Four Big Projects Facebook Should Launch, and Probably Will–Even Though It Says It Won't
Steve Jobs is famous for publicly dismissing a market shortly before Apple enters it. And Mark Zuckerberg and his team seem to have some Steve Jobs in them: There are several obvious product launches coming for the company, but it either denies they’re in the works or refuses to talk about them.
Here’s a scorecard:
An Ad Network: This is one that seems obvious to many industry watchers. Facebook has widgets and integrations around the Web, and could easily turn those into revenue-generating opportunities. It could use its social graph to introduce targeted advertising and provide real competition to Google and other ad networks.
But the company has denied repeatedly that it is working on an ad network. Dan Rose, the company’s VP of partnerships and platform marketing, said this week at DLD in Munich, “We get that question a lot, and the answer is always the same: there are no plans for that at this point.”
However, this week Facebook launched a reprise of its failed Beacon product that turns off-site behavior–user “likes”–into “sponsored stories” within its site.
Prognosis: Likely later this year. This would be a good revenue stream to turn on before Facebook goes public, as it says it’s likely to do in 2012.
A Facebook Phone: This one is a rumor mill regular, and it came up again Wednesday with a report that Facebook would launch two phones with HTC at Mobile World Congress this year.
Rose responded at another event in Europe, “This is really just another example of a manufacturer who has taken our public APIs and integrated them into their device in an interesting way….The rumors around there being something more to this HTC device are overblown.” (via Reuters)
But baking Facebook into a phone makes sense. As Facebook CTO Bret Taylor said on Tuesday, “Mobile devices are inherently social.”
Taylor said Facebook wants to take a platform approach to mobile, maximizing accessibility through use of HTML5. But it could be hard to resist demonstrating deep address book integration, instant personalization and other benefits of a Facebook-designed mobile phone.
Prognosis: The denials seem to be a matter of semantics. Facebook is likely to support these projects, and they are coming to market soon.
Payments for Non-virtual Goods: Another major move for Facebook this week was to announce that usage of its Facebook Credits virtual currency would be mandatory starting this summer. It’s a big deal that Facebook will be hooking up credit cards and PayPal accounts for many of the 200 million-plus users who play games every month on its platform.
The obvious next step for Credits is payments for non-virtual goods. But that may not be a viable model given Facebook takes a 30 percent cut of all Credits, which would destroy margins on just about everything but virtual goods. Asked this week at the Inside Social Apps conference whether Facebook would expand Credits to apply to other types of purchases, Deb Liu, the company’s commerce product marketing manager, said no.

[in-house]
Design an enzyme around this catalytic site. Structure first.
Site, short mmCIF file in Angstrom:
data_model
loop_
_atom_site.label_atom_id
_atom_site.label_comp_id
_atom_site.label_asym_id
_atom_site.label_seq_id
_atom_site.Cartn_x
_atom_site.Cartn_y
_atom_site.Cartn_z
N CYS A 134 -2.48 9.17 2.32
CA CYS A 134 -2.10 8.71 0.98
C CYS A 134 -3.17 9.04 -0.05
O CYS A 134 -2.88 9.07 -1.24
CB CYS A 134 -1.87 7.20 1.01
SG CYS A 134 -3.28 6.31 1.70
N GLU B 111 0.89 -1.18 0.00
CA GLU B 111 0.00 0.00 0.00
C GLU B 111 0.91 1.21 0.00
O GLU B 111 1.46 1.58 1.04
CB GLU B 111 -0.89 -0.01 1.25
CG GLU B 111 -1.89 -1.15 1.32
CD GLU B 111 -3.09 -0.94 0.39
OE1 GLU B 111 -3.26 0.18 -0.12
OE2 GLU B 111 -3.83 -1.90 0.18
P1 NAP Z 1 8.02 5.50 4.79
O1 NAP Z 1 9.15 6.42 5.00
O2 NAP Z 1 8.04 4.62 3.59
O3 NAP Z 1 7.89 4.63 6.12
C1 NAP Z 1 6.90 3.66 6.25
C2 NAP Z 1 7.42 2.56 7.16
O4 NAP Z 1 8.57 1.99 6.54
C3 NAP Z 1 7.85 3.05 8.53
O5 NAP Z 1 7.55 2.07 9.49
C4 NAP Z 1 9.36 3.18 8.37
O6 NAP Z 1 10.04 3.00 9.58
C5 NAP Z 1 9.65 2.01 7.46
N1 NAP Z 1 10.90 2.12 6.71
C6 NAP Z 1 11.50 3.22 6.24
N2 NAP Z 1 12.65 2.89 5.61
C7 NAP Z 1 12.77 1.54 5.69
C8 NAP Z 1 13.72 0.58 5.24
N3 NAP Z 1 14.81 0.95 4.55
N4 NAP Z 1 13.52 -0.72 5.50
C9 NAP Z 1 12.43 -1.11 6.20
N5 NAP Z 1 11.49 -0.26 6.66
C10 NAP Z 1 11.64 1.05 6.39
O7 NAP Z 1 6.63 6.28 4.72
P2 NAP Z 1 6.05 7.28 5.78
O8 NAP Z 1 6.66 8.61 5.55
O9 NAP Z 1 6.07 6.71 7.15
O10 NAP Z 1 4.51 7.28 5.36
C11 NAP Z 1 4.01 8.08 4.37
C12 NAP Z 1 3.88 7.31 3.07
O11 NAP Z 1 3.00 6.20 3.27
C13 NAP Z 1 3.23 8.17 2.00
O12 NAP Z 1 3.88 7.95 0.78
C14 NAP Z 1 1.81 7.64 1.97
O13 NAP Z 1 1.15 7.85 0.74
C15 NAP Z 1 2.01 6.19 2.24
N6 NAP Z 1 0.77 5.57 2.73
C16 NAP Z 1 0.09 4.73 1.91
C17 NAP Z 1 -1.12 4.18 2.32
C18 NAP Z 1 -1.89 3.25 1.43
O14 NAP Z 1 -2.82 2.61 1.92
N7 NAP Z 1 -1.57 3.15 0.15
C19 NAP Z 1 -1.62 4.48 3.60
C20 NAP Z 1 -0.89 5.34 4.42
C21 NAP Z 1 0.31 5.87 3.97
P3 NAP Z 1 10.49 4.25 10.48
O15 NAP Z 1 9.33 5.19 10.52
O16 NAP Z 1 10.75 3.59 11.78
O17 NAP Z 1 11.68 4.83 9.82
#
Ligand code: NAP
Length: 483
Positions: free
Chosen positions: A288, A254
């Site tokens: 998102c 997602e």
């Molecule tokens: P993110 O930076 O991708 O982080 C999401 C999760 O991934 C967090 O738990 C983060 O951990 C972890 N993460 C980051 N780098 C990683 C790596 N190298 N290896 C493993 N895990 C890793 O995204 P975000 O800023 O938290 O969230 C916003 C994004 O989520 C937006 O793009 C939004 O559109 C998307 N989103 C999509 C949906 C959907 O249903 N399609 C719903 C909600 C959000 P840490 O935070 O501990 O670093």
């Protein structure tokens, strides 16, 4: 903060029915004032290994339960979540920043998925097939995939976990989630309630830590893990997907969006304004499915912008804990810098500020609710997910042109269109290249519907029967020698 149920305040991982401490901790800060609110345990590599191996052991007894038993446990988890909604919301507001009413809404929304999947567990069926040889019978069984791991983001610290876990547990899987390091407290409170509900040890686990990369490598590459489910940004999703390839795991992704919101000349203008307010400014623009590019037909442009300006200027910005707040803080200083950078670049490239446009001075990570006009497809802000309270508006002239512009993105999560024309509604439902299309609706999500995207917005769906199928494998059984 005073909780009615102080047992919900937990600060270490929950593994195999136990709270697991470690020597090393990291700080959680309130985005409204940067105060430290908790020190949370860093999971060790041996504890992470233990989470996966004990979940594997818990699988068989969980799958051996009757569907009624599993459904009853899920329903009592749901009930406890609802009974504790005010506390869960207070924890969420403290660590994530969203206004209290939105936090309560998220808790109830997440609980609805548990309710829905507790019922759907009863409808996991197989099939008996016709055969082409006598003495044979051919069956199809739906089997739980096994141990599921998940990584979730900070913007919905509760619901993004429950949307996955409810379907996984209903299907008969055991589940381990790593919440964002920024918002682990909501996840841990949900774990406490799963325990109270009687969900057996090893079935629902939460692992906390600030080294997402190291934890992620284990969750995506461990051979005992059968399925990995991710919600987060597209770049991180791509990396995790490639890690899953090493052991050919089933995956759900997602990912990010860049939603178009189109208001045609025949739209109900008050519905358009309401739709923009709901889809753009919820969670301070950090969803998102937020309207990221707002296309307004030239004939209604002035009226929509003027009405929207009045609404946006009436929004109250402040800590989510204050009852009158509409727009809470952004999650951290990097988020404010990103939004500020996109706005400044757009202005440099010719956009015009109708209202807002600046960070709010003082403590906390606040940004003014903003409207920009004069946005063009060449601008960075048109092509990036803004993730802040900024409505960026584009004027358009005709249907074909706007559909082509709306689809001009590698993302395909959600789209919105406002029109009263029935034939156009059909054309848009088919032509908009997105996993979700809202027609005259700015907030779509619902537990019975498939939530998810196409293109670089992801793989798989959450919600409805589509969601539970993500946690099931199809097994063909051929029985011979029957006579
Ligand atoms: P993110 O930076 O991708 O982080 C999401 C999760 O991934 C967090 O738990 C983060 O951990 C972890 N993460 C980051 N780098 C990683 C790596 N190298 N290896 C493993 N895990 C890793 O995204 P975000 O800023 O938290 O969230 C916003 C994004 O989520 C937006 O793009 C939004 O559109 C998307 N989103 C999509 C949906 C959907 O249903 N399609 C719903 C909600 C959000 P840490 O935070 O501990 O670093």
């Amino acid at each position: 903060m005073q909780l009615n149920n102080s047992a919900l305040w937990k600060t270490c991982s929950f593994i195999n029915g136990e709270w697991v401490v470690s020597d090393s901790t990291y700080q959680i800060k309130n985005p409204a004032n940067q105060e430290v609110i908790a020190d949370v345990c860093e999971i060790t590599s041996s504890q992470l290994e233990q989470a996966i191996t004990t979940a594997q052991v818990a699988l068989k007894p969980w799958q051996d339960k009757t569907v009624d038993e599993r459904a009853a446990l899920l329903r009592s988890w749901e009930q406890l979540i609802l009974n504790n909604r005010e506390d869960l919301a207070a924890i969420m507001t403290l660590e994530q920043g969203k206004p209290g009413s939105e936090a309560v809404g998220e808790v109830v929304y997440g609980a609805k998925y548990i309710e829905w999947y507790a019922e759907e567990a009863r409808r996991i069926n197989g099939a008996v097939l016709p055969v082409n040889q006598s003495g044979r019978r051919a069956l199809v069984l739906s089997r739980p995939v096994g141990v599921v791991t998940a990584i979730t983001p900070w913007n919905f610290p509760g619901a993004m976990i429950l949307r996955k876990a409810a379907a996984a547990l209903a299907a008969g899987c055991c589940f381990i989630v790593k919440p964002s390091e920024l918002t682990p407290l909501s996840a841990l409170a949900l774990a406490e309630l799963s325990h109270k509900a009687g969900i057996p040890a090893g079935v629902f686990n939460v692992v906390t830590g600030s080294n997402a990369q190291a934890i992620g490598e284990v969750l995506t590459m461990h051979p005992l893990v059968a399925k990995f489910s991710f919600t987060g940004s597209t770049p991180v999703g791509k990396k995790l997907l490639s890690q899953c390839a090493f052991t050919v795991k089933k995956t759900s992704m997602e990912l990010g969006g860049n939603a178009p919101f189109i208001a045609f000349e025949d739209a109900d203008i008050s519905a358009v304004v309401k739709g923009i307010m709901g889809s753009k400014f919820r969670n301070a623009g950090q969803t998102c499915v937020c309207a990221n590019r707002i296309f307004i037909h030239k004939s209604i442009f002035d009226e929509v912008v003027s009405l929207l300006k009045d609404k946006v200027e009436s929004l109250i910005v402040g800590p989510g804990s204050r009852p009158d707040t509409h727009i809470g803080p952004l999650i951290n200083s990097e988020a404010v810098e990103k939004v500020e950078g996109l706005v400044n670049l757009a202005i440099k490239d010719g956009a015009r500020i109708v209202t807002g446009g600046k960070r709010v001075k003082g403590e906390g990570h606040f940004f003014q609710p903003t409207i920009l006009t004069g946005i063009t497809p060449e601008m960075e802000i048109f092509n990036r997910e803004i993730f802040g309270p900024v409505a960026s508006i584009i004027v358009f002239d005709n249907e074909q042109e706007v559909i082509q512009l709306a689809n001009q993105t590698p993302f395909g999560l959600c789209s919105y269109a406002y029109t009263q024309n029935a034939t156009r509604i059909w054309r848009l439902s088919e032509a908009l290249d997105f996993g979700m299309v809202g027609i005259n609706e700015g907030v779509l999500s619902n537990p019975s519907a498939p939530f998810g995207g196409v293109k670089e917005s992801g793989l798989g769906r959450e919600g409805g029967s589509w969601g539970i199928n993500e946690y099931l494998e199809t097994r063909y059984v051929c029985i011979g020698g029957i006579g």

“Facebook credits is built as a virtual currency and it’s really built for virtual goods,” she said. Facebook sees Credits as “an opportunity to drive better experience particularly in the games world.”
Still, that doesn’t mean Facebook couldn’t use a similar system to introduce ways for users to pay for digital goods like media within its platform. Margins for digital goods could feasibly swallow a 30 percent cut, as they already do in Apple’s iTunes store.
Prognosis: Facebook’s launch of Credits has been halting and unpopular, in large part because it’s awkward to layer a 30 percent tithing onto its platform after developers have built their businesses. It seems likely to continue to move slowly on payments.
Voice and Video Chat: The Daily What ran a screenshot on Wednesday of a Facebook voice call option appearing on the screen of a user participating in text chat. A company spokesperson didn’t dismiss it as a PhotoShop job, but said, rather, “We don’t comment on rumor and speculation and have nothing to announce at this time,” in response to an emailed inquiry.
As Facebook moves to unify its users’ communications through its Facebook Messages product, adding voice and/or video calls makes sense. And on that front, a Facebook-Skype partnership to fend off Google’s voice products has been in the works for some time.
Prognosis: Soon, given it appears to already be out for user testing.
Autonomous Cars: Not gonna happen.
Why might Facebook start being more audacious and challenging powerful incumbents now? Well, for one thing, there’s no point in trying to stay under the radar anymore.
Throughout its history, Facebook has been somewhat slow-moving and remarkably undiversified, iterating internally on things, such as its “like” button, for years before releasing them to the world, and ramping up revenue at an excruciating pace compared with market expectations.
But the company has done one thing extremely well: User growth. Now that it’s topping out on its potential growth in many markets, Facebook may have to make bolder moves on the product side to increase metrics like engagement. And now that it’s getting ready to face the public markets, it may finally need to prove it can open up the revenue faucets.
Please see the disclosure about Facebook in my ethics statement.